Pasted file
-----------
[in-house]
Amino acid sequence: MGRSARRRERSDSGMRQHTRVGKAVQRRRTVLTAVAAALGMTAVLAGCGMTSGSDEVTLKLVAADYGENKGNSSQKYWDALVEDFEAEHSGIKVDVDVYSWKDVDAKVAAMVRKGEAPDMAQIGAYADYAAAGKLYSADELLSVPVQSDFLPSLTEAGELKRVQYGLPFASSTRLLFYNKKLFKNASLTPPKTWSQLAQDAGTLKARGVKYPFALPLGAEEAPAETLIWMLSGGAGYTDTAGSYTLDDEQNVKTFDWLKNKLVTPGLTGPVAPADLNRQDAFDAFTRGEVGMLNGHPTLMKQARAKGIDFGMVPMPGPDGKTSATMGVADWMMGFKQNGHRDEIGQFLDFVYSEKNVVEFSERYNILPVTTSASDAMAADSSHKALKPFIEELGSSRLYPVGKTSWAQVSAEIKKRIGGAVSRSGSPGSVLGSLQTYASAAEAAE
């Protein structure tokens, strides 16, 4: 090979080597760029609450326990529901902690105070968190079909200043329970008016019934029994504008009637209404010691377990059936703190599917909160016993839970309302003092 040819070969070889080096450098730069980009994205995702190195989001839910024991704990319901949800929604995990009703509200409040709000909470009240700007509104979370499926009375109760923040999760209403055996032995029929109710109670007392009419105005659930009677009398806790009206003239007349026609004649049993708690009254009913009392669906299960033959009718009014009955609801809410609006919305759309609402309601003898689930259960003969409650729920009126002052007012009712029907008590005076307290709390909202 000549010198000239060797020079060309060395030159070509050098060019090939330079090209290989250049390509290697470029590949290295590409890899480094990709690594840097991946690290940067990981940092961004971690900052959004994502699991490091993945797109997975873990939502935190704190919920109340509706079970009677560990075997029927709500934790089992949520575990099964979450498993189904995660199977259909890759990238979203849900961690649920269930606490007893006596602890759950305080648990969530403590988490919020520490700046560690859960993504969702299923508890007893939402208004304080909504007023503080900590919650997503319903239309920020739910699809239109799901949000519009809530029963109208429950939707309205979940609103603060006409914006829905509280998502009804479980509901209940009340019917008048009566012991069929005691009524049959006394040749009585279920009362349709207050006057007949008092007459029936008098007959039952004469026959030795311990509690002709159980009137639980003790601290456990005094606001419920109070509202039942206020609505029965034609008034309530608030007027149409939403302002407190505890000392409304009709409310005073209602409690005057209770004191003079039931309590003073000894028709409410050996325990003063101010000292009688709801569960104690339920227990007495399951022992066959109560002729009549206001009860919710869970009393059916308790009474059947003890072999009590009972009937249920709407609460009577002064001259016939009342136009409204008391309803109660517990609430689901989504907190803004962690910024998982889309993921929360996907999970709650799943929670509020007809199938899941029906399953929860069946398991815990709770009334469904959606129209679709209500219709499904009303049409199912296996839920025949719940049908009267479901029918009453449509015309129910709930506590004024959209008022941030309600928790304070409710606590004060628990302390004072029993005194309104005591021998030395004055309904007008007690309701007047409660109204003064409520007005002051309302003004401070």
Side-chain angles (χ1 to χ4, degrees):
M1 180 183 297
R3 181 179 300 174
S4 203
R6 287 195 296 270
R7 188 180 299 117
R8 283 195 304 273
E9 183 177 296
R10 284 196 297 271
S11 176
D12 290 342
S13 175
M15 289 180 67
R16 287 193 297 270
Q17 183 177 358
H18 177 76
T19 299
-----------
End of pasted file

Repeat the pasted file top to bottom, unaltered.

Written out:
[in-house]
Amino acid sequence: MGRSARRRERSDSGMRQHTRVGKAVQRRRTVLTAVAAALGMTAVLAGCGMTSGSDEVTLKLVAADYGENKGNSSQKYWDALVEDFEAEHSGIKVDVDVYSWKDVDAKVAAMVRKGEAPDMAQIGAYADYAAAGKLYSADELLSVPVQSDFLPSLTEAGELKRVQYGLPFASSTRLLFYNKKLFKNASLTPPKTWSQLAQDAGTLKARGVKYPFALPLGAEEAPAETLIWMLSGGAGYTDTAGSYTLDDEQNVKTFDWLKNKLVTPGLTGPVAPADLNRQDAFDAFTRGEVGMLNGHPTLMKQARAKGIDFGMVPMPGPDGKTSATMGVADWMMGFKQNGHRDEIGQFLDFVYSEKNVVEFSERYNILPVTTSASDAMAADSSHKALKPFIEELGSSRLYPVGKTSWAQVSAEIKKRIGGAVSRSGSPGSVLGSLQTYASAAEAAE
């Protein structure tokens, strides 16, 4: 090979080597760029609450326990529901902690105070968190079909200043329970008016019934029994504008009637209404010691377990059936703190599917909160016993839970309302003092 040819070969070889080096450098730069980009994205995702190195989001839910024991704990319901949800929604995990009703509200409040709000909470009240700007509104979370499926009375109760923040999760209403055996032995029929109710109670007392009419105005659930009677009398806790009206003239007349026609004649049993708690009254009913009392669906299960033959009718009014009955609801809410609006919305759309609402309601003898689930259960003969409650729920009126002052007012009712029907008590005076307290709390909202 000549010198000239060797020079060309060395030159070509050098060019090939330079090209290989250049390509290697470029590949290295590409890899480094990709690594840097991946690290940067990981940092961004971690900052959004994502699991490091993945797109997975873990939502935190704190919920109340509706079970009677560990075997029927709500934790089992949520575990099964979450498993189904995660199977259909890759990238979203849900961690649920269930606490007893006596602890759950305080648990969530403590988490919020520490700046560690859960993504969702299923508890007893939402208004304080909504007023503080900590919650997503319903239309920020739910699809239109799901949000519009809530029963109208429950939707309205979940609103603060006409914006829905509280998502009804479980509901209940009340019917008048009566012991069929005691009524049959006394040749009585279920009362349709207050006057007949008092007459029936008098007959039952004469026959030795311990509690002709159980009137639980003790601290456990005094606001419920109070509202039942206020609505029965034609008034309530608030007027149409939403302002407190505890000392409304009709409310005073209602409690005057209770004191003079039931309590003073000894028709409410050996325990003063101010000292009688709801569960104690339920227990007495399951022992066959109560002729009549206001009860919710869970009393059916308790009474059947003890072999009590009972009937249920709407609460009577002064001259016939009342136009409204008391309803109660517990609430689901989504907190803004962690910024998982889309993921929360996907999970709650799943929670509020007809199938899941029906399953929860069946398991815990709770009334469904959606129209679709209500219709499904009303049409199912296996839920025949719940049908009267479901029918009453449509015309129910709930506590004024959209008022941030309600928790304070409710606590004060628990302390004072029993005194309104005591021998030395004055309904007008007690309701007047409660109204003064409520007005002051309302003004401070």
Side-chain angles (χ1 to χ4, degrees):
M1 180 183 297
R3 181 179 300 174
S4 203
R6 287 195 296 270
R7 188 180 299 117
R8 283 195 304 273
E9 183 177 296
R10 284 196 297 271
S11 176
D12 290 342
S13 175
M15 289 180 67
R16 287 193 297 270
Q17 183 177 358
H18 177 76
T19 299